About


I suffer from respiratory illness related to air pollution.

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The time is 8 AM and the sun has risen. That is the sun, not the moon!

When I was in Bangalore, India for a few years, the pollution made my life miserable. The official pollution monitoring stations were few (4 in Bangalore), and they rarely worked.

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One of the non-functioning monitoring stations in Bangalore.

 

When I was in 5th grade, I created my first (rudimentary) air pollution monitor, for a science fair. My monitor used gas sensors for VOC, CO and Methane. Although the readings were not calibrated and thus unreliable, I learned how to use an Arduino and simple programming to measure voltage and hence the level of these toxic gases in the air.

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My first air pollution monitor, at my 5th grade science fair.

 

In April 2013, I came across the work of Tim Dye at Sonoma Tech. The folks at Sonoma Tech run the technology for all the important air monitoring stations in the US. I got a tour of their offices with all the high-end measurement equipment (like the $15,000 SHARP 5030). Tim showed his work on calibrating low cost sensors, which was what I was also trying to do.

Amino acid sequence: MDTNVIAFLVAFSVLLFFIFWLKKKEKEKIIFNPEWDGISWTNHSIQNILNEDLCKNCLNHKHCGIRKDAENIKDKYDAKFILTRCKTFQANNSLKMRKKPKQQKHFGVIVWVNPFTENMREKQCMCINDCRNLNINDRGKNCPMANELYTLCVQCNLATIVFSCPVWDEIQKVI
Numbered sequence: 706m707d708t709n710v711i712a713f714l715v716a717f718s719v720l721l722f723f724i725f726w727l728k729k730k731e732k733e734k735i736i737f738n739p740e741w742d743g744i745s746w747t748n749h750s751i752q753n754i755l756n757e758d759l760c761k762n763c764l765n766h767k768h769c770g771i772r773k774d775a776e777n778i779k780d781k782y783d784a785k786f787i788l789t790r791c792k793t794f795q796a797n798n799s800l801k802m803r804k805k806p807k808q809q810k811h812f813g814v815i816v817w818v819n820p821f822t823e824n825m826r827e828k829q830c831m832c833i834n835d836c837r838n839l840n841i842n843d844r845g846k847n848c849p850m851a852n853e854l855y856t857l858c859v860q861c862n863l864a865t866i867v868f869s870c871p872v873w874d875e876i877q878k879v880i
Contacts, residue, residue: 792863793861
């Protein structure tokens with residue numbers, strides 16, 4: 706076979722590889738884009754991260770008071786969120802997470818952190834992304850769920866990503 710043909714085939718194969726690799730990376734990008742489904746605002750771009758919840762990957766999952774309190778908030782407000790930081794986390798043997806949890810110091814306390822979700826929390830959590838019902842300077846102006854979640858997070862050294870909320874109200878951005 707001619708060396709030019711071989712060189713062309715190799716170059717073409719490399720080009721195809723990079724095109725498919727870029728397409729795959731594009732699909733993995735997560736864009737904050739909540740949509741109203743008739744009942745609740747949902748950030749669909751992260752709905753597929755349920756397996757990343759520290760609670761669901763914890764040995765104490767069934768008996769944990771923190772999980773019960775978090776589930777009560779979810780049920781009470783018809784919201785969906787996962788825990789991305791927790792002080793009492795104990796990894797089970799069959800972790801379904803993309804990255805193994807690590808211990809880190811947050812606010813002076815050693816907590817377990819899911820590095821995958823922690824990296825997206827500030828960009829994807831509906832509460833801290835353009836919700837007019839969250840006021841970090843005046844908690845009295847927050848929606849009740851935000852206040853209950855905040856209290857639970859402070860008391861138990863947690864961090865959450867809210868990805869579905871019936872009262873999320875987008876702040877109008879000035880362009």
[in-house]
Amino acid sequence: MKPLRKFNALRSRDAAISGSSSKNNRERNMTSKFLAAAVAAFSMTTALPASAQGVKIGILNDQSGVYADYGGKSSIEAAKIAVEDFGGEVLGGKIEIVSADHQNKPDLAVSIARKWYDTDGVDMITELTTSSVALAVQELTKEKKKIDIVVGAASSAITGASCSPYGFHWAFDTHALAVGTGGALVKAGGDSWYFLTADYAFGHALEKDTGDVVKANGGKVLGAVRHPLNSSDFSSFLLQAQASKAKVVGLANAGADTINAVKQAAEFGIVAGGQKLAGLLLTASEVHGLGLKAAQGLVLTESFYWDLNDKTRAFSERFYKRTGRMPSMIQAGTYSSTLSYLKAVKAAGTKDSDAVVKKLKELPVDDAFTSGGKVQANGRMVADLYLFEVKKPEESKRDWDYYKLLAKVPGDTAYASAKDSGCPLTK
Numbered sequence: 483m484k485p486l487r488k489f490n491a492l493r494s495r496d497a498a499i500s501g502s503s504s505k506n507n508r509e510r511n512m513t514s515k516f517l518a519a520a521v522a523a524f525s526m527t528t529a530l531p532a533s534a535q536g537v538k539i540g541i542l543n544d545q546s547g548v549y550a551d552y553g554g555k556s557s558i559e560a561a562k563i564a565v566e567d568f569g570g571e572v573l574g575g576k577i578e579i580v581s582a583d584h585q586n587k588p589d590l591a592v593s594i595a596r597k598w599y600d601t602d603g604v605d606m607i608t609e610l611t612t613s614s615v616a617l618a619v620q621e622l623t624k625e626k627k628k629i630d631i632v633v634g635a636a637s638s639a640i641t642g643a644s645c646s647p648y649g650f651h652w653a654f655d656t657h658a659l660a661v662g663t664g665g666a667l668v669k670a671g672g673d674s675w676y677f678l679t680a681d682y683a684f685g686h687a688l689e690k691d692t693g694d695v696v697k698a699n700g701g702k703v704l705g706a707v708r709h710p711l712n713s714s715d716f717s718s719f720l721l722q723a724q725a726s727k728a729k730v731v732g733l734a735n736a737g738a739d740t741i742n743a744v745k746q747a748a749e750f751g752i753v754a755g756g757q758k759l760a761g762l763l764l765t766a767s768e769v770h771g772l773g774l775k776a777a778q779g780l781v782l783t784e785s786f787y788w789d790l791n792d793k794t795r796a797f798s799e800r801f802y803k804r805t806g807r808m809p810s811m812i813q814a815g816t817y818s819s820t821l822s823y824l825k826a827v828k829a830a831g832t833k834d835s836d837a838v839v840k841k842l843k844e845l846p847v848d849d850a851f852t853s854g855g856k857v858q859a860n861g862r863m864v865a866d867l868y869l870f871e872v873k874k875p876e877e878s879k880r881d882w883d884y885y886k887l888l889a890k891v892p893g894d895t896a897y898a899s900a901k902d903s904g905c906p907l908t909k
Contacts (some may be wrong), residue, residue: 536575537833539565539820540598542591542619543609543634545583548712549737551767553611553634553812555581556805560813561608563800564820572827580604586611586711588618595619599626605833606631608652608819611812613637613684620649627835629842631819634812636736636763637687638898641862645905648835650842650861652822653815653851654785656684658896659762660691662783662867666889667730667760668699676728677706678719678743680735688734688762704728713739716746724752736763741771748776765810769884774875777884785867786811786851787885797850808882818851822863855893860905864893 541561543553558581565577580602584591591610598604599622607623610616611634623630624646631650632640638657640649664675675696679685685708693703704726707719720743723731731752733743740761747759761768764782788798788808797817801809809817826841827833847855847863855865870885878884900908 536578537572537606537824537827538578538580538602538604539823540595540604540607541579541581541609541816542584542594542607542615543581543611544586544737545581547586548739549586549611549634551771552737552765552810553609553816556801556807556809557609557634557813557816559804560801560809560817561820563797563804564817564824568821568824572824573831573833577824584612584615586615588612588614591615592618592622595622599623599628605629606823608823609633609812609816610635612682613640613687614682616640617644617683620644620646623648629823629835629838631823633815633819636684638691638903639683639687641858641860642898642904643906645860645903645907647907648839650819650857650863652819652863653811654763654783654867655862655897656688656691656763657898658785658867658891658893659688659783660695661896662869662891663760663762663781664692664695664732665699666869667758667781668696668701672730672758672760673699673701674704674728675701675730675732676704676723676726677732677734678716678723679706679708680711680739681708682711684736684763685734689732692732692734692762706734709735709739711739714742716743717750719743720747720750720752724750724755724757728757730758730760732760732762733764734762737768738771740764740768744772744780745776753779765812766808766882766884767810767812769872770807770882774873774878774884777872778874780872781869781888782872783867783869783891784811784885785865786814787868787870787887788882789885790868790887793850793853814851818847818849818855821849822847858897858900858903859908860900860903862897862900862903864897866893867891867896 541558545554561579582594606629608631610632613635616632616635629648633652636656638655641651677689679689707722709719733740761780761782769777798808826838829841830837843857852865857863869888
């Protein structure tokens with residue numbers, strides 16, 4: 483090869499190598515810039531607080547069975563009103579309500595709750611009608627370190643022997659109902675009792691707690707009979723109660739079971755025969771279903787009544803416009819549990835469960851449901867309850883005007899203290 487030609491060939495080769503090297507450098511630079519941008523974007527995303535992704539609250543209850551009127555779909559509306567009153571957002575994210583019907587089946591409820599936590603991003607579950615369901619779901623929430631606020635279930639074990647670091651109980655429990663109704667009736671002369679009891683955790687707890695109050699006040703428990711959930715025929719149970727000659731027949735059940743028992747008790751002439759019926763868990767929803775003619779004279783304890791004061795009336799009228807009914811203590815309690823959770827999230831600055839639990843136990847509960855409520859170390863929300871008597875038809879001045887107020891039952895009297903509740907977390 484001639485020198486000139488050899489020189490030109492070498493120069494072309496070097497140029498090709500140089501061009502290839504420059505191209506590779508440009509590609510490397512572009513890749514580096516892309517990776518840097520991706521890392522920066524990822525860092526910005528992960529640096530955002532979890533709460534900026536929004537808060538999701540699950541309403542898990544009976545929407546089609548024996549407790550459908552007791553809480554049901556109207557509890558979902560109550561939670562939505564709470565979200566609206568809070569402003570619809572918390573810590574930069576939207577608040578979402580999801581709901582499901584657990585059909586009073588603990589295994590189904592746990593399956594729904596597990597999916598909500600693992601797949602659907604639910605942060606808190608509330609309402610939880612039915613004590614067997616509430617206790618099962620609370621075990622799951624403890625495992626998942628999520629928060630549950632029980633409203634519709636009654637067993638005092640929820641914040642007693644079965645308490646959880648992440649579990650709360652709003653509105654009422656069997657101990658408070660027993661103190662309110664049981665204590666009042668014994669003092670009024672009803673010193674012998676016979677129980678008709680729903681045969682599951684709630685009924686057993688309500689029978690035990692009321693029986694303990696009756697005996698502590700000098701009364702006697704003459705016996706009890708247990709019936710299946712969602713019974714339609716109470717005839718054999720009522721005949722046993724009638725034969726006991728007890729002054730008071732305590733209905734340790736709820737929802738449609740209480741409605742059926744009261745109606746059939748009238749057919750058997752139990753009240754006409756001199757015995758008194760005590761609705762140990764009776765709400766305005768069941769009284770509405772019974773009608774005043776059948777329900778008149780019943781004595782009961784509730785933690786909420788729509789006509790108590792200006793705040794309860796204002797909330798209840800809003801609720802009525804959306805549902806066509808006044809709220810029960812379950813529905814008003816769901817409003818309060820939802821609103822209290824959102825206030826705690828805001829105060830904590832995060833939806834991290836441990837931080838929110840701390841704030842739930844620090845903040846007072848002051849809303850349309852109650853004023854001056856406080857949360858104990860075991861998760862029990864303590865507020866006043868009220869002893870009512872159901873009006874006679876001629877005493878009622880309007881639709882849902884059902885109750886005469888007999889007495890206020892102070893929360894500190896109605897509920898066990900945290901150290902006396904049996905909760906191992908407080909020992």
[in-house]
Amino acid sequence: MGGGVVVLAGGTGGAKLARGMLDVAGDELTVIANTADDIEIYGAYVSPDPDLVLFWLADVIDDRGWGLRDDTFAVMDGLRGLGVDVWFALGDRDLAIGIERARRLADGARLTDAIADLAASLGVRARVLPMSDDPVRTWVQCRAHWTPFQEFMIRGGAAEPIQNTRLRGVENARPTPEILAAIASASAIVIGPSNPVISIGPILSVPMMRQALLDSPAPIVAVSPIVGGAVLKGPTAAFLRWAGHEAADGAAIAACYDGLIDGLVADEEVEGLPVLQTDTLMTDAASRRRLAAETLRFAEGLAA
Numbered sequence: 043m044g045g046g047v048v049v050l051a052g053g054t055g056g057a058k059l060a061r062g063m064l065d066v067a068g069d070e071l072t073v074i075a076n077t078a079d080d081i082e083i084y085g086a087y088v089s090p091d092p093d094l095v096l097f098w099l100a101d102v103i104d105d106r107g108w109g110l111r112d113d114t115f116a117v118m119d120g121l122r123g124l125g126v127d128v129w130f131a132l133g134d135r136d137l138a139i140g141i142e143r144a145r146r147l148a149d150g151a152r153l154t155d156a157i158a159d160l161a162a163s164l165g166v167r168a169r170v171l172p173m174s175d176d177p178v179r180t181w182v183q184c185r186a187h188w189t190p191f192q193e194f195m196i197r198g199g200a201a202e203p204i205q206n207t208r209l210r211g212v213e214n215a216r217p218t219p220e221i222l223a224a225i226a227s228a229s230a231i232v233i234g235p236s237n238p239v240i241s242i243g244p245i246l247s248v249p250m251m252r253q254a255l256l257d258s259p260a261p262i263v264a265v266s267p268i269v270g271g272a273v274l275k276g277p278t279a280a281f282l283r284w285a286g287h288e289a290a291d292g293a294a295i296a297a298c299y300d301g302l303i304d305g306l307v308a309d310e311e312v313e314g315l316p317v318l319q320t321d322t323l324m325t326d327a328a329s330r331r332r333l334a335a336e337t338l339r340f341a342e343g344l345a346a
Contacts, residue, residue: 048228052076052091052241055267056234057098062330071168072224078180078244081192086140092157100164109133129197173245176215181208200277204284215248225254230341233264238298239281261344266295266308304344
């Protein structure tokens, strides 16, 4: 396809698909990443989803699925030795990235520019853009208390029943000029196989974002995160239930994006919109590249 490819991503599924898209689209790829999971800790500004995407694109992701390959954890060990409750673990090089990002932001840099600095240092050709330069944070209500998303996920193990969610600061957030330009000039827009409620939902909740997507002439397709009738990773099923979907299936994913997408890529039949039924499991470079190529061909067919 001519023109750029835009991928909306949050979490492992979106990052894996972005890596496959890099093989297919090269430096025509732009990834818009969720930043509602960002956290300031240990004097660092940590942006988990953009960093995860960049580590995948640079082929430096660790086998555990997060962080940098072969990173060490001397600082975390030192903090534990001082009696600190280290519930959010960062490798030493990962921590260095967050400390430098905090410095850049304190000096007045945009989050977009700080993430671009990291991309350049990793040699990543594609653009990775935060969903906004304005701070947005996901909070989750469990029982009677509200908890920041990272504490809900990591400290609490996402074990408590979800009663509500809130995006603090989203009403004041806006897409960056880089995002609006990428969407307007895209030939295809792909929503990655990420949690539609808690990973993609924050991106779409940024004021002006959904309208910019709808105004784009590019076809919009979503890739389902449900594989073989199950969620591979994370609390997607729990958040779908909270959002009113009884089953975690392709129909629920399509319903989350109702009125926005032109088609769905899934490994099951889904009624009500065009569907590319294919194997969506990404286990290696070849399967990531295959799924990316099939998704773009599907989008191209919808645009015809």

I continued to experiment and in 7th grade I built my first dust particle sensing monitor, which, using a light emitter and detector the sensor, could count the number of dust particles. I exhibited my monitor at the Green Kids Conference in Mountain View, CA in June 2013.

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Presenting my monitor at the Green Kids Conference, 2013.

Since then, I have made countless revisions to that model and new models as well; the progress of which can be seen on this blog. Ultimately, my goal is to have a relatively inexpensive, portable air pollution monitor, which would enable the public to make educated decisions based on the air pollution.

 

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